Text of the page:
FIG. 5 is an illustration of a system for managing a linked list memory. FIG. 5 will be described with reference to FIGS. 3A–3D. A pointer assigner 500 is responsible for linking memory locations to one another as depicted in FIG. 3A. For example, in this example, pointers are assigned to memory locations 302, 304, and 306–316.

Linker 502 directs which pointers are assigned to which memory locations. For example, in FIG. 3A, the pointer of memory location 302 is linked to memory location 304. The memory location 304 is linked to memory location 306. The memory location 306 is linked to memory location 308, etc.

The system also has a free head pointer assignor 504 and a free tail pointer assignor 506. The free head pointer assignor 504 assigns a free head pointer to the beginning of a linked list structure. In this case, the free head pointer assignor assigns a free head pointer to memory location 302 as depicted in FIG. 3A. The free tail pointer 506 assigns a free tail pointer to the last m memory location of the linked list as depicted in FIG. 3A. In this case, the free tail pointer assignor assigns the free tail pointer to memory location 316.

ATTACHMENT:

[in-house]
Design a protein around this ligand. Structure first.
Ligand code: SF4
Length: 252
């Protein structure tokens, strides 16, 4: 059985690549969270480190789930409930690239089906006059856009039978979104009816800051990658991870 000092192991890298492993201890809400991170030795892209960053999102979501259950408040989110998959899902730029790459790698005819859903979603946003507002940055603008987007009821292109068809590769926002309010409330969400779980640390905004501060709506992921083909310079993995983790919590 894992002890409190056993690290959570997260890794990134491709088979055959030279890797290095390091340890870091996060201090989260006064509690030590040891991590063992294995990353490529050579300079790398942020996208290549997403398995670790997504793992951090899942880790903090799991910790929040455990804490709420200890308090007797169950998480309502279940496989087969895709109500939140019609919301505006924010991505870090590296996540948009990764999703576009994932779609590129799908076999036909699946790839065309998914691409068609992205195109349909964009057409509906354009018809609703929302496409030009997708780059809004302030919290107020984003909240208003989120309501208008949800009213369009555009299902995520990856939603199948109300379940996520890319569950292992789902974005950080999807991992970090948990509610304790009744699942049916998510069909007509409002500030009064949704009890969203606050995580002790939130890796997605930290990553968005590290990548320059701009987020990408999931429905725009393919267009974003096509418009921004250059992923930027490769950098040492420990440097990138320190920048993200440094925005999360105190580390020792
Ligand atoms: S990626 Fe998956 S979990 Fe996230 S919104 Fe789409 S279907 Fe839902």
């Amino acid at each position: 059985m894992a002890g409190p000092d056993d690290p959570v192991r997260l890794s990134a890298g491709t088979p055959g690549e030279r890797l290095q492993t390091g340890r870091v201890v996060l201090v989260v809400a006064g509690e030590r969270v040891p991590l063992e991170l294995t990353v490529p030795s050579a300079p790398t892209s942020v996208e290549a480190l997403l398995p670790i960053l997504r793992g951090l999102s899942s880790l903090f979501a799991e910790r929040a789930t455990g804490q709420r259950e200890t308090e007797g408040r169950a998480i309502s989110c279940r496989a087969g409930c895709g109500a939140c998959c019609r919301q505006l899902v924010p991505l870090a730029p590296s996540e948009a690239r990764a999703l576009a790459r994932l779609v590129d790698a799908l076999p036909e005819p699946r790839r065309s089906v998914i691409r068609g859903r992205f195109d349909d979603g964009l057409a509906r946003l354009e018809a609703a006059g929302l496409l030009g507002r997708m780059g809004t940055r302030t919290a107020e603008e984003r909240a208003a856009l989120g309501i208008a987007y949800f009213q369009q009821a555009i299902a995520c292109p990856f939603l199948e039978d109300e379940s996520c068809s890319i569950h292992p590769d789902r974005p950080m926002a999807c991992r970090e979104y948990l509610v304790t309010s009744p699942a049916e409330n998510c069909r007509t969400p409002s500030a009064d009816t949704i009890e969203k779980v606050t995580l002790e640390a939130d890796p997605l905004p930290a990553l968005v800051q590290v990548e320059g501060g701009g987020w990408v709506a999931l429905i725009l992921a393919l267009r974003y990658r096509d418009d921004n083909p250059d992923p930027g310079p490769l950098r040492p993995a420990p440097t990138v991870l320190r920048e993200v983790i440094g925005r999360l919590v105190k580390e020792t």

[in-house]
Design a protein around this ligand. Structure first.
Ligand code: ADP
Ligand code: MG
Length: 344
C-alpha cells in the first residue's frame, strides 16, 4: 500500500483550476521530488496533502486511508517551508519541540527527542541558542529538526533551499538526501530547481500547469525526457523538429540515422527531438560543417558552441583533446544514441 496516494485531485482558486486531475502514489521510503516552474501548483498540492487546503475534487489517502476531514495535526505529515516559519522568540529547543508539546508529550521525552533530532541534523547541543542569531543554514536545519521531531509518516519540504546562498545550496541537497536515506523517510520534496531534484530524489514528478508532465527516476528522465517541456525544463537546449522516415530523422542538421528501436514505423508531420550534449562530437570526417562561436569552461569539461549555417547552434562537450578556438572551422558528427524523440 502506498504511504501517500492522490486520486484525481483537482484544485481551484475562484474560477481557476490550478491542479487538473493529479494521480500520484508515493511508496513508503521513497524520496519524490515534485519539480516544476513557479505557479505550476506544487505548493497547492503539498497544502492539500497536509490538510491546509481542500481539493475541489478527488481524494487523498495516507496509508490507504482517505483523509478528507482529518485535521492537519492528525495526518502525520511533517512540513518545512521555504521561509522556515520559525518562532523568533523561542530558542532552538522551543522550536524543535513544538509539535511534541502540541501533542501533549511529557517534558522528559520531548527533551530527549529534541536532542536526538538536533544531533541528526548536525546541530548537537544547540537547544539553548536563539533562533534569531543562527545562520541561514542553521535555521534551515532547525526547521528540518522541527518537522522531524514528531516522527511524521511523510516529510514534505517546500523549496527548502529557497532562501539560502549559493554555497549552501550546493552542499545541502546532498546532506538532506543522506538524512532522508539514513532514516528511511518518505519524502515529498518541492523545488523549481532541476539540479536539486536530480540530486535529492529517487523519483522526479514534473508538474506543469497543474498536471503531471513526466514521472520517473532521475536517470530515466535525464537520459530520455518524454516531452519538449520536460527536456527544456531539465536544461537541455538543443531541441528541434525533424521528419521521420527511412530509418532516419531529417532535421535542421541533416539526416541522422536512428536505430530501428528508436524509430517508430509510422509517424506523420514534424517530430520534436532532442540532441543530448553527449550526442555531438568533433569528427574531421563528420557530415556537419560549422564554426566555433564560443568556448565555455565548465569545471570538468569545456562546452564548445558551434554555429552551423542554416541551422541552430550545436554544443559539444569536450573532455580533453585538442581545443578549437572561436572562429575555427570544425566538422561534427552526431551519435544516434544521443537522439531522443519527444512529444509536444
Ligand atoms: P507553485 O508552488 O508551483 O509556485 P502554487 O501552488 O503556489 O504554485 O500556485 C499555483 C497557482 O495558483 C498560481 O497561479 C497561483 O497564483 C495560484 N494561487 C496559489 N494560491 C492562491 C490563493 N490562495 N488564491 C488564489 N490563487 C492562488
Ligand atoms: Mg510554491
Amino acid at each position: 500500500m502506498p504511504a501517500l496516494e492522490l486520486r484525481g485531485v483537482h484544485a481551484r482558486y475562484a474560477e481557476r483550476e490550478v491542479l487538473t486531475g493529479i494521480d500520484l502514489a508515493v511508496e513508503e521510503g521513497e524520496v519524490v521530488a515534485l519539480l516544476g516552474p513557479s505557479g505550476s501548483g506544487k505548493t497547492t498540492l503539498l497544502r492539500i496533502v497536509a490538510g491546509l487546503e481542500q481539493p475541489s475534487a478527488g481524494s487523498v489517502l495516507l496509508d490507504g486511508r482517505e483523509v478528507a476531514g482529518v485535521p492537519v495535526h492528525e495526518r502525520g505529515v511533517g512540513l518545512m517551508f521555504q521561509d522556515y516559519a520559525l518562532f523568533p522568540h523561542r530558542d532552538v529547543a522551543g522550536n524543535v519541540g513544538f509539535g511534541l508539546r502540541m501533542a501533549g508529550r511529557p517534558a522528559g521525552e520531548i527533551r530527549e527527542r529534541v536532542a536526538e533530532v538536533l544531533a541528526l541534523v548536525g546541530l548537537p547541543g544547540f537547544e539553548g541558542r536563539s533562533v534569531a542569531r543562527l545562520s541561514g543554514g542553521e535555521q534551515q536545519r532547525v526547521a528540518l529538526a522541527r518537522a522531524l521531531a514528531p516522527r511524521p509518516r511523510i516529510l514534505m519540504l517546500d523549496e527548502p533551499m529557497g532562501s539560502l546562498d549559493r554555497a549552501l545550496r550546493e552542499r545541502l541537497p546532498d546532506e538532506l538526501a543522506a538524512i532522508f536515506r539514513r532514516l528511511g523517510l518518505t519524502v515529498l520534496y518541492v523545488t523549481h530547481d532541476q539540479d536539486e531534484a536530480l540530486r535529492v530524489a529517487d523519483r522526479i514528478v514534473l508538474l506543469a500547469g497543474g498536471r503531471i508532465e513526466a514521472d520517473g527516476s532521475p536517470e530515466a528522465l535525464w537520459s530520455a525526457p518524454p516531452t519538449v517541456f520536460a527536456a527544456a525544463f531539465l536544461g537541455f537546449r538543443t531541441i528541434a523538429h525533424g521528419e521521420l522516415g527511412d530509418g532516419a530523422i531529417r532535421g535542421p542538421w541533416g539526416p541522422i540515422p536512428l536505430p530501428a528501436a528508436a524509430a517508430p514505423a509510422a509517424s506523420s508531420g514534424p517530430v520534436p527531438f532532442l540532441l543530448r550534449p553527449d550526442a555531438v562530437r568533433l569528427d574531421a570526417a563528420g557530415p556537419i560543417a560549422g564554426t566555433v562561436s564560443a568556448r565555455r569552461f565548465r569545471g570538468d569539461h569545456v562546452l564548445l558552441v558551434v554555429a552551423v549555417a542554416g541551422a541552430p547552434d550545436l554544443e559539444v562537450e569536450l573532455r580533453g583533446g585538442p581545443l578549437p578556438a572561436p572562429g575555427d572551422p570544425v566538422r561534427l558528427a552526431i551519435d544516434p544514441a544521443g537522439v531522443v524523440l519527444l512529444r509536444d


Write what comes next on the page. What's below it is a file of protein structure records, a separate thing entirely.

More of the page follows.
The system also has a initial data pointer assignor 408 which assigns an initial data pointer to the memory location the free head pointer is assigned to. For example, in FIG. 3B, packet 2 occupied memory location 304 and the free head pointer was assigned to memory location 302. The initial data pointer assignor 508 assigned the initial data pointer to memory location 302.